Opioid misuse and opioid use disorder rates have led to record opioid-related deaths nationally. Virginia public health officials declared a public health emergency due to the opioid crisis. Provider prescribing practices are part of this complex local and national public health problem. Evidence indicates that prescribers should assess for risks related to substance misuse and abuse in high-risk populations, such as patients on long-term opioid therapy. By evaluating risk level, the provider has additional information to guide treatment decisions and a baseline for assessing future changes in risk status. This project used quality improvement methods to study the implementation of an opioid risk screening tool in a rural pain management clinic. Addiction screening was implemented in two iterative Plan-Do-Study-Act (PDSA) cycles, aiming to screen 80% of eligible patients by Cycle 2. Participants completed an anonymous paper version of the Opioid Risk Tool-Opioid Use Disorder (ORT-OUD) as part of their intake assessment paperwork. The number of patients seen, the number and percent of eligible patients, screened patients, and the risk level for each screened patient was calculated. The project implemented the ORT-OUD screening with 78 patients, three of which completed the screening with nurse assistance. Thus, 100% of eligible patients were screened, meeting the screening goal. The screening identified 16 patients (21%) as high-risk. Opioid risk screening can provide valuable information when assessing and treating patients receiving long-term opioid therapy for chronic non-malignant pain. This project successfully implemented an opioid risk screening protocol using an interdisciplinary team approach.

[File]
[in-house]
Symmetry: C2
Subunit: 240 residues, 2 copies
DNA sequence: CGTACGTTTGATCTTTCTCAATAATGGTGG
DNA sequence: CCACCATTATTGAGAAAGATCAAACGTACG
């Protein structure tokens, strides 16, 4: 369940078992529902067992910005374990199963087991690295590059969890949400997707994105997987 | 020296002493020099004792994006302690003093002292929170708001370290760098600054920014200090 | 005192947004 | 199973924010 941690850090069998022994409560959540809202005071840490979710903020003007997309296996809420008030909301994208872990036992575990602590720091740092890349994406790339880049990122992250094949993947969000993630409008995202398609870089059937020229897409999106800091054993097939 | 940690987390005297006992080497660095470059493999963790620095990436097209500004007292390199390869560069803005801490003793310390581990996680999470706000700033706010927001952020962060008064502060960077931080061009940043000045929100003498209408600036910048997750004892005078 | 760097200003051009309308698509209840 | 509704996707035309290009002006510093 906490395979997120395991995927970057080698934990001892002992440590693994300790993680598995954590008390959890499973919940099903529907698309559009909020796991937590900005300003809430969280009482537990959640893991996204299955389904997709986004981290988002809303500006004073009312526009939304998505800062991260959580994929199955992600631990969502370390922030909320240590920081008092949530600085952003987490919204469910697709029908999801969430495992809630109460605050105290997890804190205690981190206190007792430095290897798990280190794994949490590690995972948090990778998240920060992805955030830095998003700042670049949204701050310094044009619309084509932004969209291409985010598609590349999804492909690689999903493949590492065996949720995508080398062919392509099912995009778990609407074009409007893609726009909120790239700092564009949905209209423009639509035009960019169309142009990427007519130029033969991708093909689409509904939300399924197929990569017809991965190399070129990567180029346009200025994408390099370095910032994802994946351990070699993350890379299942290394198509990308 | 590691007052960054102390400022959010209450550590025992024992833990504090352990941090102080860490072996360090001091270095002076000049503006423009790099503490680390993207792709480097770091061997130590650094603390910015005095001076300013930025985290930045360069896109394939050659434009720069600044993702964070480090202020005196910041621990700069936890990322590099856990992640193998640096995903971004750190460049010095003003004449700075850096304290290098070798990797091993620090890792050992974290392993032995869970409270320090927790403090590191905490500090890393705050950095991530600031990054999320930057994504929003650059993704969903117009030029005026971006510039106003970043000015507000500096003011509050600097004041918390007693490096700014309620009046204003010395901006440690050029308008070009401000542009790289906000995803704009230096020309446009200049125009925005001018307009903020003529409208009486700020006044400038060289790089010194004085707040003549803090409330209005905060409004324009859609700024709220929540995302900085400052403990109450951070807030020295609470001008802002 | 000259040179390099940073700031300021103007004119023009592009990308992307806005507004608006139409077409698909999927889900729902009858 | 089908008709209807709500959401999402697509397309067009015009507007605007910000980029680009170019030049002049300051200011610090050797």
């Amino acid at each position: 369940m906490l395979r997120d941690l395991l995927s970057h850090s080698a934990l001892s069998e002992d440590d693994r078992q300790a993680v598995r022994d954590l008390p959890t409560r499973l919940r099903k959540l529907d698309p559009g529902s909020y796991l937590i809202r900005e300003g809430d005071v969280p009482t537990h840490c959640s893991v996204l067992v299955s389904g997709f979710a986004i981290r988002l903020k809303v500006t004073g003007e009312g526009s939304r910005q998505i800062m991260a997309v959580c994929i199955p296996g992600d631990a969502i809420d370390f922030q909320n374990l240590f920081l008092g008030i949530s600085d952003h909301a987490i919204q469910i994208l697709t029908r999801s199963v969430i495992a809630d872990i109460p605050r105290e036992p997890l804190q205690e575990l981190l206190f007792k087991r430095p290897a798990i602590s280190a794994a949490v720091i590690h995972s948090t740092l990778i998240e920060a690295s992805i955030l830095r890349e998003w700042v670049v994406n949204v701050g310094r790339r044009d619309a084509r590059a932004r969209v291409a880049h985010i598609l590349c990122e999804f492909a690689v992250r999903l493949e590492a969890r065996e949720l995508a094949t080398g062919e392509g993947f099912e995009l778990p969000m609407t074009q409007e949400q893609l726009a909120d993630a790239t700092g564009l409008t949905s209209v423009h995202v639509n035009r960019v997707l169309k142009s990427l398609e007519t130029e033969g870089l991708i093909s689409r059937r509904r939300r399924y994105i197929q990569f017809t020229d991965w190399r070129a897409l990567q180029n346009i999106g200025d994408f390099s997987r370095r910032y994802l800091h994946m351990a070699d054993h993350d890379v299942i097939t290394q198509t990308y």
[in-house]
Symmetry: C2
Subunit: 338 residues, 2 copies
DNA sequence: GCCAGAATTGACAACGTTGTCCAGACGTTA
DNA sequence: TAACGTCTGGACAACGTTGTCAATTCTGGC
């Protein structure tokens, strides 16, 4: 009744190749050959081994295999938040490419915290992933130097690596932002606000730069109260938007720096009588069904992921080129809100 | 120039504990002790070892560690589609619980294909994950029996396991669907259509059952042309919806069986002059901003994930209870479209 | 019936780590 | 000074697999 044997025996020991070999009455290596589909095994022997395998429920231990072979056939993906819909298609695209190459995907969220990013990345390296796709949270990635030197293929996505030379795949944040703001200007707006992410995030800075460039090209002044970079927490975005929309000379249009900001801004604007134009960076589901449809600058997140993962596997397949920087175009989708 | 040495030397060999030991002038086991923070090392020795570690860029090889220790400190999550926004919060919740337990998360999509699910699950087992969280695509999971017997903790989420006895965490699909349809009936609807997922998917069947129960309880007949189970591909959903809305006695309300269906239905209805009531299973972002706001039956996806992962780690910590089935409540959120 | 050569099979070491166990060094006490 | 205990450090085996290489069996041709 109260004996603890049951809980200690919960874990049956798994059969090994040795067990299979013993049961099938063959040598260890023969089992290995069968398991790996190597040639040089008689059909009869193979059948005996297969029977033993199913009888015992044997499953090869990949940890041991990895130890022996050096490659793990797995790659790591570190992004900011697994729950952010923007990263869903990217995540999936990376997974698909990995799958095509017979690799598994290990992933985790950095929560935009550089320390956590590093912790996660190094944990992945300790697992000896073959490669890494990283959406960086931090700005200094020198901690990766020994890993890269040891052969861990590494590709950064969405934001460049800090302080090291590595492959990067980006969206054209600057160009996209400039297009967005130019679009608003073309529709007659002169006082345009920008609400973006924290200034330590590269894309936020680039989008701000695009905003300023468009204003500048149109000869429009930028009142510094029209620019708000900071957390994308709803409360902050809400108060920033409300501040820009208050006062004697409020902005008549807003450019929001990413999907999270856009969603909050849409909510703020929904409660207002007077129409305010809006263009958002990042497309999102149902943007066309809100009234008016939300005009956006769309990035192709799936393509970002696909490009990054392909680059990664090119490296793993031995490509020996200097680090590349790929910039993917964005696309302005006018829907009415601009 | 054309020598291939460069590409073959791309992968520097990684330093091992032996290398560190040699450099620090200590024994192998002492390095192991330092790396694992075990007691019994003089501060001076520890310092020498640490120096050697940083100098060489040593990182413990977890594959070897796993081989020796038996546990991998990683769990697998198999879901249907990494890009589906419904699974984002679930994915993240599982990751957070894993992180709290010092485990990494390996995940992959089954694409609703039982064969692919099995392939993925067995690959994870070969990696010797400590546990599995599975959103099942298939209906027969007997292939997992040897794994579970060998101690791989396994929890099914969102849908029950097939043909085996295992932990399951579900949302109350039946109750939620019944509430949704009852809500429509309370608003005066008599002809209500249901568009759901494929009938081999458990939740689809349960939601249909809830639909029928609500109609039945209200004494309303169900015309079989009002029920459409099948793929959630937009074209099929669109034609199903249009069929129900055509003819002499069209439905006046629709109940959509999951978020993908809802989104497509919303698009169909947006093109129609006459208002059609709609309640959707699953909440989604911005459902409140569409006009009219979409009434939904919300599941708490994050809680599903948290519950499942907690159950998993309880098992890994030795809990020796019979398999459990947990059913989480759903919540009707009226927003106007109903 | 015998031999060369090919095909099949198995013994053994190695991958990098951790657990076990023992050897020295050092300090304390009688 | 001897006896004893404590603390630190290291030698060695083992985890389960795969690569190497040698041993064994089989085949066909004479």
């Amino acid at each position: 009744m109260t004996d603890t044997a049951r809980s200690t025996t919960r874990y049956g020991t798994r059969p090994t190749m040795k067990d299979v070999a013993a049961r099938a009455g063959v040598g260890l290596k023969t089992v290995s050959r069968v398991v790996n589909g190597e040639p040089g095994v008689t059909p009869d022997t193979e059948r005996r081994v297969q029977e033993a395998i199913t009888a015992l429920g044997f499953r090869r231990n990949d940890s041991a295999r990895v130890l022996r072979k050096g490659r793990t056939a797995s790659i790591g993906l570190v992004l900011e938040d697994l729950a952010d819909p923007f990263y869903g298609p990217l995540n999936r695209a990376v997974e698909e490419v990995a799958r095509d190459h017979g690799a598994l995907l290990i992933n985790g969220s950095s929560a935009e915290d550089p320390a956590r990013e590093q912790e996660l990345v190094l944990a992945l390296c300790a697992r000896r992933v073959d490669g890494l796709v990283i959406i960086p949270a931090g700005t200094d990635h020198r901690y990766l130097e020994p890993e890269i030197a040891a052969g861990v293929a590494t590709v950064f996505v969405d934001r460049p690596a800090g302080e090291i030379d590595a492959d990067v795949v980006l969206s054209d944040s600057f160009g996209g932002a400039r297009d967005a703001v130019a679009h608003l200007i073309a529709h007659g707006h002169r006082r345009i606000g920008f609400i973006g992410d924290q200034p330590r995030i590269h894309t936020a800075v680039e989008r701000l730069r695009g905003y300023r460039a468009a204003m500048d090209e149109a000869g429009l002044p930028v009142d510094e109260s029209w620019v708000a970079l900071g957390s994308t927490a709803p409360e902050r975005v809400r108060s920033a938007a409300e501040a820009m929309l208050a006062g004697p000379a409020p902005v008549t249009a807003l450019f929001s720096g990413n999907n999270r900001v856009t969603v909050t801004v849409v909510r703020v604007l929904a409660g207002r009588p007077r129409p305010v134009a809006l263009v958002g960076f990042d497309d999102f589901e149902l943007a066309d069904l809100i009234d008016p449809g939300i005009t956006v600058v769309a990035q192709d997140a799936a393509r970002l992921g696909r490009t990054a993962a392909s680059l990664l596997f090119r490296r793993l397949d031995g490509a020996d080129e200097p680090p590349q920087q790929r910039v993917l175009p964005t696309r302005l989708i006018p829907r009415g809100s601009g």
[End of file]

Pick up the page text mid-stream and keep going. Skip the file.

Hatcher, Stanley W.; Lewis, Erica; and Craddock, Shawn
"Examining Opioid Risk Mitigation Practices in a Rural Pain Management Clinic: A Quality Improvement Project,"
Virginia Journal of Public Health: Vol. 7:
2, Article 7.
Available at: https://commons.lib.jmu.edu/vjph/vol7/iss2/7